The Aerobee was the first successful high altitude research rocket developed by the United States of America. It combined the solid-propellant booster stage of the US Army Aerojet WAC Corporal rocket with the second-stage of the US Navy Bumblebee rocket. The resulting 'Aerobee' was operated by the US Navy initially as the manager of the US sounding rocket program. Design and development was carried out in 1945-46 at Johns Hopkins University by James Van Allen. Results of experimental testing of captured German V-2 rockets assisted the design of this smaller and more reliable vehicle which was built by Aerojet Engineering and the Douglas Aircraft Corporation. The usual Aerobee payload was 68 kg.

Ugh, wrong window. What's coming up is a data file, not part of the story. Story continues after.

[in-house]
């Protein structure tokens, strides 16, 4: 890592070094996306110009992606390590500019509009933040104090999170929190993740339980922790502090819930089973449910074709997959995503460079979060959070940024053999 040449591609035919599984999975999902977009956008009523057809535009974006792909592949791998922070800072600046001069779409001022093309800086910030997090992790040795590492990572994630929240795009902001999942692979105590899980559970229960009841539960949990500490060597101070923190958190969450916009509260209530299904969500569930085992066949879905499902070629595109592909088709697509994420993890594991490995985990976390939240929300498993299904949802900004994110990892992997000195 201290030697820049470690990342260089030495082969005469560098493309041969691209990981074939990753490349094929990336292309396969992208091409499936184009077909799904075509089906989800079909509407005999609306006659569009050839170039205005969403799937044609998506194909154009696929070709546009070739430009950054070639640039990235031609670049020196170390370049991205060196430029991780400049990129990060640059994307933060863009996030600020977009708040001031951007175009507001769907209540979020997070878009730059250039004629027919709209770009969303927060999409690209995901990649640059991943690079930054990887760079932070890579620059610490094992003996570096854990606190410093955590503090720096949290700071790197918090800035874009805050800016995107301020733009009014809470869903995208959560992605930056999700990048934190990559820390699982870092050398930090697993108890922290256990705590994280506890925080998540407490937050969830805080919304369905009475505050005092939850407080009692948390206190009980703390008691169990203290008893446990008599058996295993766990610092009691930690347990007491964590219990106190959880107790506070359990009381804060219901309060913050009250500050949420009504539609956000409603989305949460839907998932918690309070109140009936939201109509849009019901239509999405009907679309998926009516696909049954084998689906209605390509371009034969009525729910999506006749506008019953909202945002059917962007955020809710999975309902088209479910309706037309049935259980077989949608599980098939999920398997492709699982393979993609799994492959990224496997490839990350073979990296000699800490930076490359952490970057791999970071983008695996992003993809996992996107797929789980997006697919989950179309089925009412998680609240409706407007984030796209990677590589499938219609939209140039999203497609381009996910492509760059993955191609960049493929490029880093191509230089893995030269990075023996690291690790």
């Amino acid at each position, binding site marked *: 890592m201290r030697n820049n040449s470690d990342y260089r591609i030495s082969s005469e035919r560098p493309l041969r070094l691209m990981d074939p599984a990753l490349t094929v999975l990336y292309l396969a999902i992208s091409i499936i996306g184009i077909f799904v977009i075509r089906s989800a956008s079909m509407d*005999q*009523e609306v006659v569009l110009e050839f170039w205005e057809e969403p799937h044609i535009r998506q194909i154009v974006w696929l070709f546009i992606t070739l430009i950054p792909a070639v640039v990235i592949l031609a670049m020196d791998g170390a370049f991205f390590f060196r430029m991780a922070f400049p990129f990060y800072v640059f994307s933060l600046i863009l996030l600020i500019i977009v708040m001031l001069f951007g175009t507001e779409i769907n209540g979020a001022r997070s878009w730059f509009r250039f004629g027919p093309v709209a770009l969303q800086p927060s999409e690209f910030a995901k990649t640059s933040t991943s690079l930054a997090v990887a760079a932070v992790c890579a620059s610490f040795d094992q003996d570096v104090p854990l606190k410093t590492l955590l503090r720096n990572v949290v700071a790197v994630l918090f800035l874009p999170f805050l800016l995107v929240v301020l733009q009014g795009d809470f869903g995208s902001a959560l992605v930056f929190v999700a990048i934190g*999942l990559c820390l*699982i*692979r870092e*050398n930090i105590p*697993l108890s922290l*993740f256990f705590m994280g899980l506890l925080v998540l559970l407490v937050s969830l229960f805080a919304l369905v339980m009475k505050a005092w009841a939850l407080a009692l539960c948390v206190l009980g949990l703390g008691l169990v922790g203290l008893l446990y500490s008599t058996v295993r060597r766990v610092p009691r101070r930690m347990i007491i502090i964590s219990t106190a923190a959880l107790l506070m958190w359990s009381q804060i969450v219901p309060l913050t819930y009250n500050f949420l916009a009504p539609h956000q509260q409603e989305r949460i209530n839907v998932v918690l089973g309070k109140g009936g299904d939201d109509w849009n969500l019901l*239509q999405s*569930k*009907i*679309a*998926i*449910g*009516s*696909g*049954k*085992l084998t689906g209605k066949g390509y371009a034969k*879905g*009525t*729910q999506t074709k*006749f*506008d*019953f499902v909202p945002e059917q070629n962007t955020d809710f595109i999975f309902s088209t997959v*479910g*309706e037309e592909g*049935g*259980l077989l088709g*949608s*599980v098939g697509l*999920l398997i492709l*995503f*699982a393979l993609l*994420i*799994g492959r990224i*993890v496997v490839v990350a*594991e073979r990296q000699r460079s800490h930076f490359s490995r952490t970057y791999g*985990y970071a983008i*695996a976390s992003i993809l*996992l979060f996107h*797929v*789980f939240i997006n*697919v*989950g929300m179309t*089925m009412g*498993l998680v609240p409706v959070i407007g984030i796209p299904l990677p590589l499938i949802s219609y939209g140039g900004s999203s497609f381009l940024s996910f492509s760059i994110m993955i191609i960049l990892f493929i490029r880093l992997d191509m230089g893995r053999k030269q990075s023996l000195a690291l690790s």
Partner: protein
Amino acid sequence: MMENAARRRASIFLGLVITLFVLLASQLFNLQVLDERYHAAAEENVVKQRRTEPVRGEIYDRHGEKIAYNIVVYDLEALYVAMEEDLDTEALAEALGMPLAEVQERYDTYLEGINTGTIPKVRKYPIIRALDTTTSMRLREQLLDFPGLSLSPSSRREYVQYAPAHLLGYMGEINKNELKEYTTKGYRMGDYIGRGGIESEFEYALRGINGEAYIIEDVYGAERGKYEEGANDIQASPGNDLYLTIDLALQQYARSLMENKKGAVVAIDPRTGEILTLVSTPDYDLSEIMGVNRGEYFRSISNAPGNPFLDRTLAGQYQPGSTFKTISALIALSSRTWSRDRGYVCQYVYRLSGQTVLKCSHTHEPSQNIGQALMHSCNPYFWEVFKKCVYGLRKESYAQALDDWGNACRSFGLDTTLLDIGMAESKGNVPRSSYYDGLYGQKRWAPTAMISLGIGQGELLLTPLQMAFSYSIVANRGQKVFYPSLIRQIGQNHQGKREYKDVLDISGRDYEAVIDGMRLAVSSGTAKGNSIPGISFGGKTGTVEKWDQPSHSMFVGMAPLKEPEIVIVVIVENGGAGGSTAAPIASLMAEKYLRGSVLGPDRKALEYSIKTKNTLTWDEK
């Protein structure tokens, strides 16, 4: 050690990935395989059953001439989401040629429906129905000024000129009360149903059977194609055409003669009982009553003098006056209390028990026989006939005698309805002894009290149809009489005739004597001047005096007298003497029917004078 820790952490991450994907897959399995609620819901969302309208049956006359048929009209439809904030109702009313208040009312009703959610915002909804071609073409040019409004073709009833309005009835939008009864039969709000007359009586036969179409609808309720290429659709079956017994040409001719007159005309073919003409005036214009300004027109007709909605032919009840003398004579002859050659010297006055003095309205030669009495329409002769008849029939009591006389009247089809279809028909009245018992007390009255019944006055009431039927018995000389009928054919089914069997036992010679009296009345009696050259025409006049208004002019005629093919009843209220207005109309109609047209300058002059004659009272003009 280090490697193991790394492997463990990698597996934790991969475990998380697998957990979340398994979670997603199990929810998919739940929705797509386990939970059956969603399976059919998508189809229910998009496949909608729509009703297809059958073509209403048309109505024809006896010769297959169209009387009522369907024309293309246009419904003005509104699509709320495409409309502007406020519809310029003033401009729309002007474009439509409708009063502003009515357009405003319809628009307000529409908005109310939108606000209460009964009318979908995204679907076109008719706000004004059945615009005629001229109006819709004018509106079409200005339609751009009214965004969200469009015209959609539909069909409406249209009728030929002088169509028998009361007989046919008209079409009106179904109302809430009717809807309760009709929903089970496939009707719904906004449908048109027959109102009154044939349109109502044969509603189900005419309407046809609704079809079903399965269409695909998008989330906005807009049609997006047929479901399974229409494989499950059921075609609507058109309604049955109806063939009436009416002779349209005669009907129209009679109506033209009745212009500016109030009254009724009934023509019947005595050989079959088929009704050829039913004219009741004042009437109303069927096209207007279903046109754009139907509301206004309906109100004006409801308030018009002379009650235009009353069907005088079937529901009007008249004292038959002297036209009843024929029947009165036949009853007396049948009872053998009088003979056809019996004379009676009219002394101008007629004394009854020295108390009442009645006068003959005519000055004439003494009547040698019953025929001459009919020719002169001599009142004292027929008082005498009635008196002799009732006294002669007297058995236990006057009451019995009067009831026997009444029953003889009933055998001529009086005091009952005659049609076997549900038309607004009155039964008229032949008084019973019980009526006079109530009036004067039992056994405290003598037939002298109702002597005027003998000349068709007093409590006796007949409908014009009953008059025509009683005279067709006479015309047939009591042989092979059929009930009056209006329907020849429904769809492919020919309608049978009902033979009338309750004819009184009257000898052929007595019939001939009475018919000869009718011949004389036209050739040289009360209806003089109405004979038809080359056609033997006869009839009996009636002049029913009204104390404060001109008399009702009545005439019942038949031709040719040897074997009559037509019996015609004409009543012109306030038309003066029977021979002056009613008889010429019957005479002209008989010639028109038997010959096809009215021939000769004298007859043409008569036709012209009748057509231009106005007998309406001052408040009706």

The first launch took place in November 1947 and the design became the standard rocket for US high-altitude testing including a May 1952 experiment using a live payload of two monkeys and two mice which were used to determine physiological reactions for the manned space program. They were recovered by parachute. The Aerobee launch program ceased in 1965 after a total of 226 launches with a failure rate of about 9%.
This 1:6 scale sectioned model of an Aerobee research rocket was commissioned by the Museum for display purposes and delivered in 1956.
Type of item
Exhibition Collection Management
1150 mm (Length), 200 mm (Width), 180 mm (Height)